Cinque Campi Lambrusco Rosso

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Winemaker: Vanni Nizzoli

Appellation: Reggio Emilia, Italy

Grape Varieties: Lambrusco Grasparossa, Malbo Gentile, Marzemino

Grapes are hand-harvested into small crates and destemmed. Maceration on skins in open vats of oak and chestnut, with daily mixing for 10 days. The primary fermentation then takes place in a stainless steel tank for 6 months. After that, the wine is transferred to bottles with addition of unfermented juice from the same vintage and left to re-ferment for 8 months minimum. No fining, no filtering, no sulfur added at any point (total sulfites <10ppm). Disgorged, zero dosage added.

Arriving at Cinque Campi’s estate near the city of Reggio Emilia on a sunny morning in late October feels like receiving an almost lethal dose of pastoral idyll: a white horse calmly grazes on the grass, fenced out of the household veggie patch, where the late-season salads and cavolo nero cabbages look so delicious it’s probably only for the best that we’re separated from them by a fence too. A beautiful (and shockingly clean) vintage Fendt tractor is parked right next to the mailbox-shaped outdoor concrete fermentation tanks, all cute and shiny in their dark red and minty green paint. Right behind the understated winery building, the estate’s first rows of vines and their leaves turning from green to the autumnal shades of yellow and orange are so bright they almost make you reach for your sunglasses.

No time for sunbathing and vistas, though: Vanni Nizzoli, the scion of a farming family that’s been taking care of the estate for more than 200 years, appears at the door and is ready to give us a tour of his charming property. For most of this long history, it was a mixed farm with wine production reserved for the family, until the 1980s when the estate took the name of its most ancient vineyard (Cinque Campi or “Five Fields”) and expanded to selling wine in glass demijohns to local customers. In 2003, Vanni finally turned the winery into what we know now, taking the long-time family legacy and building quite a reputation for making one of the most charming and genuine Lambruscos and other (mostly) sparkling wines out there.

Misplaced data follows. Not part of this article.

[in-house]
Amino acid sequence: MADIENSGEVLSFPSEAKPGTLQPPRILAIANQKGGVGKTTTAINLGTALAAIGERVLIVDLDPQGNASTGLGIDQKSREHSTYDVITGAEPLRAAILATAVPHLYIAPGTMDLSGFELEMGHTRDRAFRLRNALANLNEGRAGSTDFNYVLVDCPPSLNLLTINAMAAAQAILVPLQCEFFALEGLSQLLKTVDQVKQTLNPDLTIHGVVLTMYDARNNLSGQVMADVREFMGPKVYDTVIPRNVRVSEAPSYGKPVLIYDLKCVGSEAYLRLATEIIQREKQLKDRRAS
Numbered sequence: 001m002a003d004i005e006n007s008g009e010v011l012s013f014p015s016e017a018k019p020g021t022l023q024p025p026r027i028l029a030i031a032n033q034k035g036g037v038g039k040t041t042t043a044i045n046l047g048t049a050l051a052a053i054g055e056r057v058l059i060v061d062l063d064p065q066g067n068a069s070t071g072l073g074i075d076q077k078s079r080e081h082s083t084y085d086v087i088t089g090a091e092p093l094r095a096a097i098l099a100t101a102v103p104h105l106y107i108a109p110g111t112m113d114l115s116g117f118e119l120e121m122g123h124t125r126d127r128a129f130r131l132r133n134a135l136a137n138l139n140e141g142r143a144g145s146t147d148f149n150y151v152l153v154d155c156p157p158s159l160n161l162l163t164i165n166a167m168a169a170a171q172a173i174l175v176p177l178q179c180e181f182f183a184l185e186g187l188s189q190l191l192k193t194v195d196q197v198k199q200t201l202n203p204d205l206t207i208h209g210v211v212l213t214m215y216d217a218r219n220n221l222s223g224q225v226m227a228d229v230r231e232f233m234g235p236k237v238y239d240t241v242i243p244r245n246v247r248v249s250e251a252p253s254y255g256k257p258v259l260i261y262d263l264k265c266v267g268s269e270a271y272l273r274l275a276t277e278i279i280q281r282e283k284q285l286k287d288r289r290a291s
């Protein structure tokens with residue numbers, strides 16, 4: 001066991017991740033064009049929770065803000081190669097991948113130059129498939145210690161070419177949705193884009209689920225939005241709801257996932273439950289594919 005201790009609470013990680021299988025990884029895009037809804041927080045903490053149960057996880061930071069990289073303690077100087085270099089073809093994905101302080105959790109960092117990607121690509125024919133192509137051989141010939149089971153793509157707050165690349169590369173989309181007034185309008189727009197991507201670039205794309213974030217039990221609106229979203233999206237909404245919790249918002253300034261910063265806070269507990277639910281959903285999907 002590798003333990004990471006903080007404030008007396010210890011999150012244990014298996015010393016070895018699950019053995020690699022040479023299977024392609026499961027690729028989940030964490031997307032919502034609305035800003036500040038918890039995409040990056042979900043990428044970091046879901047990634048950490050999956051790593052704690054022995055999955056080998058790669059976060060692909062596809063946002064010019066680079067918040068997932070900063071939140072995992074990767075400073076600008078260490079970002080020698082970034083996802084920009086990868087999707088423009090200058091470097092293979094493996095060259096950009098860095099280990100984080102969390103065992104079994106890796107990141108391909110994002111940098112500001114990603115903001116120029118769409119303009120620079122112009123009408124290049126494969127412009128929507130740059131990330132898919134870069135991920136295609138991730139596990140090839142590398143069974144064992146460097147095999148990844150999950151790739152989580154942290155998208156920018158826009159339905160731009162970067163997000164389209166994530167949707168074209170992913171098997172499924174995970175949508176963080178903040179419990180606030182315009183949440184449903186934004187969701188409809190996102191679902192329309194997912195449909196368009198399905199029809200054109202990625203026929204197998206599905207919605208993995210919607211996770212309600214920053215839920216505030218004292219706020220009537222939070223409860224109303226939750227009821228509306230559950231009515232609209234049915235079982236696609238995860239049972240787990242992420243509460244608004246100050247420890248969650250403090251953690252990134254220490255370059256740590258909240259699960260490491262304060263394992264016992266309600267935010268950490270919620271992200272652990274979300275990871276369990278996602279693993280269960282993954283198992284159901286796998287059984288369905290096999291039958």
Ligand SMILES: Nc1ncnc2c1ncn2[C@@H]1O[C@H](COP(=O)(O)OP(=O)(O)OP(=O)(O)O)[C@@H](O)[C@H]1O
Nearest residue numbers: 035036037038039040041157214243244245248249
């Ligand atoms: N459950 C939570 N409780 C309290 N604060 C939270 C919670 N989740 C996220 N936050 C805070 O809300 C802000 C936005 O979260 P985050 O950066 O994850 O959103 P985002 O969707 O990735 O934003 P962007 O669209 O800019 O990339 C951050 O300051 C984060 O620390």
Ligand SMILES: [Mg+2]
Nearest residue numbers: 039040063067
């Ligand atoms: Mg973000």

A vital factor for the authenticity of Cinque Campi wines is their absolute focus on local Italian varieties and clones. The vineyards are quite old (Vanni refers to a 20-year-old vineyard of his as “the young one”) and planted with traditional local types of Lambrusco (like L. Grasparossa or Barghi), Trebbiano or Spergola, which thrive on the local soils – part clay, part sand. “The high silica content of the sandy parts gives freshness and acidity to the wine; an almost skeletal character, which I call the bone of the wine. The chalk subsoil complements that with a bit of power and minerality,” as Vanni describes when asked about the imprint of his soils on the wine.

The estate became officially organic in 2003, but the vineyards had already been cultivated without systemic chemicals for a while before that, echoing the family conviction that “every single living being present on the vine’s leaves, branches, and in the soil is part of the territory’s natural balance and originality, and we believe that this is the only possible way to make wine,” Vanni explains why the 7 hectares of vines he currently takes care of couldn’t be handled differently.